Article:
Is There a Place for Digital Literature
in the Information Society?

by Raine Koskimaa

Finland and other Nordic countries in many ways belong to the forerunners in the development of the so-called information society. For the time being, the level of development towards the information society has mainly been measured by technological and infrastructural qualities - the amount of computers available, the coverage of wide band connections etc. It looks like the substance side of the equation has been largely forgotten. Information still is, to a large extent, published and distributed as books. Libraries, as well organized archives of literature with well educated personnel, can be even seen as one of the corner stones of the information society. Especially so in the Nordic countries, where the public library system has traditionally been widely acknowledged and respected. Currently, there is a serious discussion going on about the future role, strategies, and foci of public libraries: should they stick to their traditional role, or should they remodel their services toward portal-like gateways to virtual archives.

One more characteristic of Nordic culture should be mentioned here, which is the high appreciation of literary knowledge, accompanied with literacy rates reaching towards 100 percent. All this put together creates an interesting test bed for the case of digital literature. The infrastructure is there, the literary culture and literacy is there, and public access to literature, both print and digital, is well organized. Only one thing lacks, which is the digital literature itself. The central question in this paper is, why is it so -- does the (almost) non-existence of digital literature in countries where the circumstances seem to be as close to the ideal as one can imagine seriously undermine the belief in the digital literature in general? Or is it rather, that too strong a literary culture is foremost an obstacle for the development of digital literature?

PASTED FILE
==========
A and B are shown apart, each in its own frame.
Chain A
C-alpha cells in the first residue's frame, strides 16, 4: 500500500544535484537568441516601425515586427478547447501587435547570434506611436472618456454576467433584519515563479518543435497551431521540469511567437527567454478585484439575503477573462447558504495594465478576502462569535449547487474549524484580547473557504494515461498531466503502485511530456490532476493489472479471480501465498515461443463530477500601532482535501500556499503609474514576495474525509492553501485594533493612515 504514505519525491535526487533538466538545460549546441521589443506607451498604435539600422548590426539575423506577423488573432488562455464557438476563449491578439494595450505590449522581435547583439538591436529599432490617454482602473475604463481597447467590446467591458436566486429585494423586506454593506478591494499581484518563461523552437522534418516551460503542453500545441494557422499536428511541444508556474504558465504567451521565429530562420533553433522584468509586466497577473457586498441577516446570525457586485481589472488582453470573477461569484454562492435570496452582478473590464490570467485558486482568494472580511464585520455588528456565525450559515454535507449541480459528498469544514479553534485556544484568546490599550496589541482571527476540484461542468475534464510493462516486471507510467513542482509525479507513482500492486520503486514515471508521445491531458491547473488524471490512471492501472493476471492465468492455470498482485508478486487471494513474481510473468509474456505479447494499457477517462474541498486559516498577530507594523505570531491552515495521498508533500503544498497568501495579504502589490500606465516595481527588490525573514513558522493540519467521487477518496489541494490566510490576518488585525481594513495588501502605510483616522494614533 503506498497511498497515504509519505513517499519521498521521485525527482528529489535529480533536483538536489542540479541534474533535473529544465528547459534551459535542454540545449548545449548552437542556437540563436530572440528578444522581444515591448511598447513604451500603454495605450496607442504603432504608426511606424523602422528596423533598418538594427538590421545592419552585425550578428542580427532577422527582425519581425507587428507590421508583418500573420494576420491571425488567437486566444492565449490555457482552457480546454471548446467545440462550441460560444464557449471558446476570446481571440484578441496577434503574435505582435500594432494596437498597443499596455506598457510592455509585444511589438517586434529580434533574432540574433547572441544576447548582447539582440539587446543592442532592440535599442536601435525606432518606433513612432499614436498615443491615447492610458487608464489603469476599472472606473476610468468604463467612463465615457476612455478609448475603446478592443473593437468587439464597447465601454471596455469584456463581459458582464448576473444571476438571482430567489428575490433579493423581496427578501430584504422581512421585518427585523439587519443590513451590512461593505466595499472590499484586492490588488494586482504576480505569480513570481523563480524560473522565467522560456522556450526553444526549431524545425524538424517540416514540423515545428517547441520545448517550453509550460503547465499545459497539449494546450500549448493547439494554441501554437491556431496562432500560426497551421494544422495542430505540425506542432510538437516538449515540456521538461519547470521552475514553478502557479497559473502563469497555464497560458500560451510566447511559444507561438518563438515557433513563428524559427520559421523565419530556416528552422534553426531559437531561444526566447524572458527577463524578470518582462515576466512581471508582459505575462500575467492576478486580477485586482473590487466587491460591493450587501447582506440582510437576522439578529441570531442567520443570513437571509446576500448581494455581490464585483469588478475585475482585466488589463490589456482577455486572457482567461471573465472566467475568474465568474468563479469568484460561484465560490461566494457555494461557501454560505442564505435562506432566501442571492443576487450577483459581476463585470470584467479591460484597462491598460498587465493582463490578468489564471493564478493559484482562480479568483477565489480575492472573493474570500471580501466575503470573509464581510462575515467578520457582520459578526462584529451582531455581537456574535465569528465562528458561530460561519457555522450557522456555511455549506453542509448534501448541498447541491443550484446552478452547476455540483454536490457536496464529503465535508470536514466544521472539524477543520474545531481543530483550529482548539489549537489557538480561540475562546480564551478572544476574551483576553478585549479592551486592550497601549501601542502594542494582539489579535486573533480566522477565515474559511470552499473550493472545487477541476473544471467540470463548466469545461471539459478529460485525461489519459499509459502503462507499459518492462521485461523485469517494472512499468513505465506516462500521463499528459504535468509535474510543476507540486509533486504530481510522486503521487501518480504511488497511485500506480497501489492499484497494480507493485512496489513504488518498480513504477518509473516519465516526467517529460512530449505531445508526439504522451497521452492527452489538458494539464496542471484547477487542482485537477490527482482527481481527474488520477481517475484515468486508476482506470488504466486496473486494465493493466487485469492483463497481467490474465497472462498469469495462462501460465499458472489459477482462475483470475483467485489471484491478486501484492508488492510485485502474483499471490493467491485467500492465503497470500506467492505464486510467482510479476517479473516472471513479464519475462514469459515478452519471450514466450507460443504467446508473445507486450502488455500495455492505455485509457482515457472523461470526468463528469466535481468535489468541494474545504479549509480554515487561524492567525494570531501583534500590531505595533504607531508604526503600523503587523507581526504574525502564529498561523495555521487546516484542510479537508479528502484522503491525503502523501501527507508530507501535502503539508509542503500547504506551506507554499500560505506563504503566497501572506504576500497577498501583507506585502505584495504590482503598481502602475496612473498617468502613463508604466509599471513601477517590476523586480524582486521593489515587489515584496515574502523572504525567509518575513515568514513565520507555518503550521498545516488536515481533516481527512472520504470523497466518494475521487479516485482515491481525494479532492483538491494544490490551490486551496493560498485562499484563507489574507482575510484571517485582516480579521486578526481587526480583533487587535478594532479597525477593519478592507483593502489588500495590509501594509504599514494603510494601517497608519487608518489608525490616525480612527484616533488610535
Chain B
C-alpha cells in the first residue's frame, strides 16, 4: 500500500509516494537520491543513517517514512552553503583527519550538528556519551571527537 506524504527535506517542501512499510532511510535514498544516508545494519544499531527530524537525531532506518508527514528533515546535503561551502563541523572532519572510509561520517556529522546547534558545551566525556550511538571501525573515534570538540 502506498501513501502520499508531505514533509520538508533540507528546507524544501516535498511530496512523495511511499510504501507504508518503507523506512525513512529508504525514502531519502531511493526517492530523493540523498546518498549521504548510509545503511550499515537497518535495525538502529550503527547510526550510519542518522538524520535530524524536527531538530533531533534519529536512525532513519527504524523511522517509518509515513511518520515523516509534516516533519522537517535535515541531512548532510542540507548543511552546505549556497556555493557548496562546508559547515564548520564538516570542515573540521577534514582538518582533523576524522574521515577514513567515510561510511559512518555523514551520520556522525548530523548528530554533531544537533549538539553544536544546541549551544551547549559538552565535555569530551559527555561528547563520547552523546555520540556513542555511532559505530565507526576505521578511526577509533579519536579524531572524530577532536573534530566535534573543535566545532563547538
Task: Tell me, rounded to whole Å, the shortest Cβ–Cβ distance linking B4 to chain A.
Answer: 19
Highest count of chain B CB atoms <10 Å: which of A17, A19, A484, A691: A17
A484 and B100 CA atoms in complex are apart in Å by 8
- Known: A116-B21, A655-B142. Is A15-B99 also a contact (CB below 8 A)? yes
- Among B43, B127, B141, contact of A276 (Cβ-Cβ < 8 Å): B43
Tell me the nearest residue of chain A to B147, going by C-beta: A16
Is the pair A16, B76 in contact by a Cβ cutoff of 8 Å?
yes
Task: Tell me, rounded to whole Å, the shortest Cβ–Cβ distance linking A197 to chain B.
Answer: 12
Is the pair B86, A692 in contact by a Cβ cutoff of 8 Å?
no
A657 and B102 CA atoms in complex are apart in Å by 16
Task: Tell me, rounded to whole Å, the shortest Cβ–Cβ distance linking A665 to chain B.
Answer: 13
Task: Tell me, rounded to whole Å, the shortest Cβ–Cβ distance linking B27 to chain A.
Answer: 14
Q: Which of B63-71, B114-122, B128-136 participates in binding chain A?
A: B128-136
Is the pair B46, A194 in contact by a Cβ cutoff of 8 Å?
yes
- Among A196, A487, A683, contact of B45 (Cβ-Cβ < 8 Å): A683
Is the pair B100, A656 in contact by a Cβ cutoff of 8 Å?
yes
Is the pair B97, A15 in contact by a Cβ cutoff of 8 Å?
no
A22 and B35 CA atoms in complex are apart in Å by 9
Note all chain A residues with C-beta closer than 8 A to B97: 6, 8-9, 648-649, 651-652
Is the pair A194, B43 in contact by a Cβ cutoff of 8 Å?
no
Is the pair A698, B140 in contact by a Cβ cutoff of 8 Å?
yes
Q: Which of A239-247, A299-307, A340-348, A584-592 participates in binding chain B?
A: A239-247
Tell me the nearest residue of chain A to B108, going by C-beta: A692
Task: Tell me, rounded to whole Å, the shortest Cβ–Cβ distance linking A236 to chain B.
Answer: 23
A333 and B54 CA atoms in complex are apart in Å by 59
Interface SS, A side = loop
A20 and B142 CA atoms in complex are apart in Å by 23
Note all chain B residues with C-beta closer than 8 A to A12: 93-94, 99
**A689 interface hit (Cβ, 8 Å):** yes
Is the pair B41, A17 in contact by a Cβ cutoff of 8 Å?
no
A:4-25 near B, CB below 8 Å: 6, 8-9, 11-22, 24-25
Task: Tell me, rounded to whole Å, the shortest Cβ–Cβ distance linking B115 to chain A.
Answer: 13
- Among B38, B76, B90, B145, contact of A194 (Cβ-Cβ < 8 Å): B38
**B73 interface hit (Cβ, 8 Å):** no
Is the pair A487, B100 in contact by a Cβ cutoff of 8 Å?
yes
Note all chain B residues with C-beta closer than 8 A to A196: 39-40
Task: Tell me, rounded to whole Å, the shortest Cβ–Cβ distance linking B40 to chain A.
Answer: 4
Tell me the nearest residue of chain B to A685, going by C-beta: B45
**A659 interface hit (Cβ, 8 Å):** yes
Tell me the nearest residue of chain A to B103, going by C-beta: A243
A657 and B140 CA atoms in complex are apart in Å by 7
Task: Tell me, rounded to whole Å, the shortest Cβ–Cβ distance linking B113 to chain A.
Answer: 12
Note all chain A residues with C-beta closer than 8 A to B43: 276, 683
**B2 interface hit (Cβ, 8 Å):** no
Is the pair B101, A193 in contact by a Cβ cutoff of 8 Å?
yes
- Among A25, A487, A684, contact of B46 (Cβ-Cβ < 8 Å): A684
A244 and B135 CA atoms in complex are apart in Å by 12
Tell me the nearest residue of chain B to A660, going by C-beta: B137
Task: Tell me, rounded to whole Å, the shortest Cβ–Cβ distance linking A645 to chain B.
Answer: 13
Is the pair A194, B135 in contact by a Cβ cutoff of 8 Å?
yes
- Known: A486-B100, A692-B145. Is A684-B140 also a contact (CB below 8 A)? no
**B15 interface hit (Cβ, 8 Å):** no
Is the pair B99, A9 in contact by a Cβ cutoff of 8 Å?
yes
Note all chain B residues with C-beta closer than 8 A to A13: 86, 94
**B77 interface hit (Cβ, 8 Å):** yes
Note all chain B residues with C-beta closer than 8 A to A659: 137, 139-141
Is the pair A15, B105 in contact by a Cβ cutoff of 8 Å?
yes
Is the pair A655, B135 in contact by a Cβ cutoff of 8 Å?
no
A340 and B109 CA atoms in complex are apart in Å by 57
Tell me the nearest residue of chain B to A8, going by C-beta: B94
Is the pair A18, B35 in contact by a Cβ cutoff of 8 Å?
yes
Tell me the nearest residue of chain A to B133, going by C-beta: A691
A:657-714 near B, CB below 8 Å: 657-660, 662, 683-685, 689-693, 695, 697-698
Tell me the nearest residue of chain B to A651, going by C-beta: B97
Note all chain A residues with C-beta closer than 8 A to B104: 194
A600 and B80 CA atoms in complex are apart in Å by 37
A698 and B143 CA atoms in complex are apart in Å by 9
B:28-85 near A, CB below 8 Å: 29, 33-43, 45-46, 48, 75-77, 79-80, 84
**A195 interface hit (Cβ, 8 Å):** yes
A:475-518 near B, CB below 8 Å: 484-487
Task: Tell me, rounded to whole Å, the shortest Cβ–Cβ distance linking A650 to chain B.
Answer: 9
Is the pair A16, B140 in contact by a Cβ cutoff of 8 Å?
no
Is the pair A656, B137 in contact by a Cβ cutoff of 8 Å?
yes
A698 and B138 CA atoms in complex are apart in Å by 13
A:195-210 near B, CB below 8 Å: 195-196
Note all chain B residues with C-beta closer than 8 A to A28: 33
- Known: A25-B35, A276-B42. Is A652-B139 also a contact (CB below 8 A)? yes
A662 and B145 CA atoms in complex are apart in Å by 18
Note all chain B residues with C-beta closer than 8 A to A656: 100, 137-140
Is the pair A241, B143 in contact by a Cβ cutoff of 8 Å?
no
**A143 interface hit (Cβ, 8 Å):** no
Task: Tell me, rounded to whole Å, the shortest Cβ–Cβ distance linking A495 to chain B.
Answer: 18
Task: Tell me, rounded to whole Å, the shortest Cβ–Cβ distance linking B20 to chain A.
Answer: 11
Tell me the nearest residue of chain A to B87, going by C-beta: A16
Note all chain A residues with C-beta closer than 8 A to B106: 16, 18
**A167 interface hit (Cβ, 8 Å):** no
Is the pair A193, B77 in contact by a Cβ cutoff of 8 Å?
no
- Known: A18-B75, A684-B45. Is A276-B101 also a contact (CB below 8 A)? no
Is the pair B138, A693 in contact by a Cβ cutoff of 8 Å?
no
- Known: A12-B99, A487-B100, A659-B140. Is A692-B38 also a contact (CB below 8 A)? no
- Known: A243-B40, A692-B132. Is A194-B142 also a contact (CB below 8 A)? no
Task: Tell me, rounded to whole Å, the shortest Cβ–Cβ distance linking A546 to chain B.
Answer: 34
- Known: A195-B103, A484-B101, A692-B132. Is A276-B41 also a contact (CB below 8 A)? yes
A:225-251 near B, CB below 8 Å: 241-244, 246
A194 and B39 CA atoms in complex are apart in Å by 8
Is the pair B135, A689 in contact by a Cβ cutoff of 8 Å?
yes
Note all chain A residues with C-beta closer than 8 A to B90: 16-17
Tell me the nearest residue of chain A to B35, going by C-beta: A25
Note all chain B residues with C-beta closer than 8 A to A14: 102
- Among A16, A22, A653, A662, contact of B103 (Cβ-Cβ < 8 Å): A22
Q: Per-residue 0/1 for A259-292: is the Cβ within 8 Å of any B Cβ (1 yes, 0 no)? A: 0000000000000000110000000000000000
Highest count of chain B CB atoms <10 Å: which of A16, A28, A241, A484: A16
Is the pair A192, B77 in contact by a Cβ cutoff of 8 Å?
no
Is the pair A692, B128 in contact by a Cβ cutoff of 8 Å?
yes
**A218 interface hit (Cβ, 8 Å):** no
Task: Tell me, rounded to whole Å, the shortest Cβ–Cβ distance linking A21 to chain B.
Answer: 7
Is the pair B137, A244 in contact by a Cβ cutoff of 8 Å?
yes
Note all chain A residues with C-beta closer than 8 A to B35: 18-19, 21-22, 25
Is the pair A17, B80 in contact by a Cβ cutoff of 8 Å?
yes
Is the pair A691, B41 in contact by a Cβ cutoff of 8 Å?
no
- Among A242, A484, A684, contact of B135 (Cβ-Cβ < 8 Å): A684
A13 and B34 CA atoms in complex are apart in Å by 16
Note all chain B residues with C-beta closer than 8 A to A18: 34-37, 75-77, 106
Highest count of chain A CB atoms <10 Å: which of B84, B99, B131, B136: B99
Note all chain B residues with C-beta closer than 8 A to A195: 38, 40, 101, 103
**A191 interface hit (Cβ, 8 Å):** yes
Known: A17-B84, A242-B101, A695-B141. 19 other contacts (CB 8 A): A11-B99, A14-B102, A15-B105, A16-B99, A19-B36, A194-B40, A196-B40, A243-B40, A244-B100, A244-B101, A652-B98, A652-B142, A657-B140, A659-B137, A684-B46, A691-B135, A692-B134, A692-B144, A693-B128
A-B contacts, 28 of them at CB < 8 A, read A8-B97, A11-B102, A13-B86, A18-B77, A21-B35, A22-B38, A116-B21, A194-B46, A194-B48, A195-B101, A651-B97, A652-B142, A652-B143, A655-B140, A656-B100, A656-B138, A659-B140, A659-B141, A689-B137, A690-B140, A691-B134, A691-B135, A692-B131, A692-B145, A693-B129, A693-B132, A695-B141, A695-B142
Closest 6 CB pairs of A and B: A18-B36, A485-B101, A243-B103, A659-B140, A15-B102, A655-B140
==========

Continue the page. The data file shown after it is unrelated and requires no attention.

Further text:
I will take a closer look at projects carried on in Finland, in order to promote digital literature (such as lending ebook devices out from public libraries; providing pupils with 'e-bags', publishing national bestsellers in ebook format, establishing literary fora in the Internet, etc.), and seek out what has been learned from these experiments. Also, I will take a look at similar projects in Sweden, Denmark and Norway, which all share, by and large, the same qualities of well-developed information society and strong belief in literary knowledge. Through this survey I'll try to find some tentative answers to the questions if there is, indeed, a place for literature in the information society, and if there is, where is it, and how would that literature look like.

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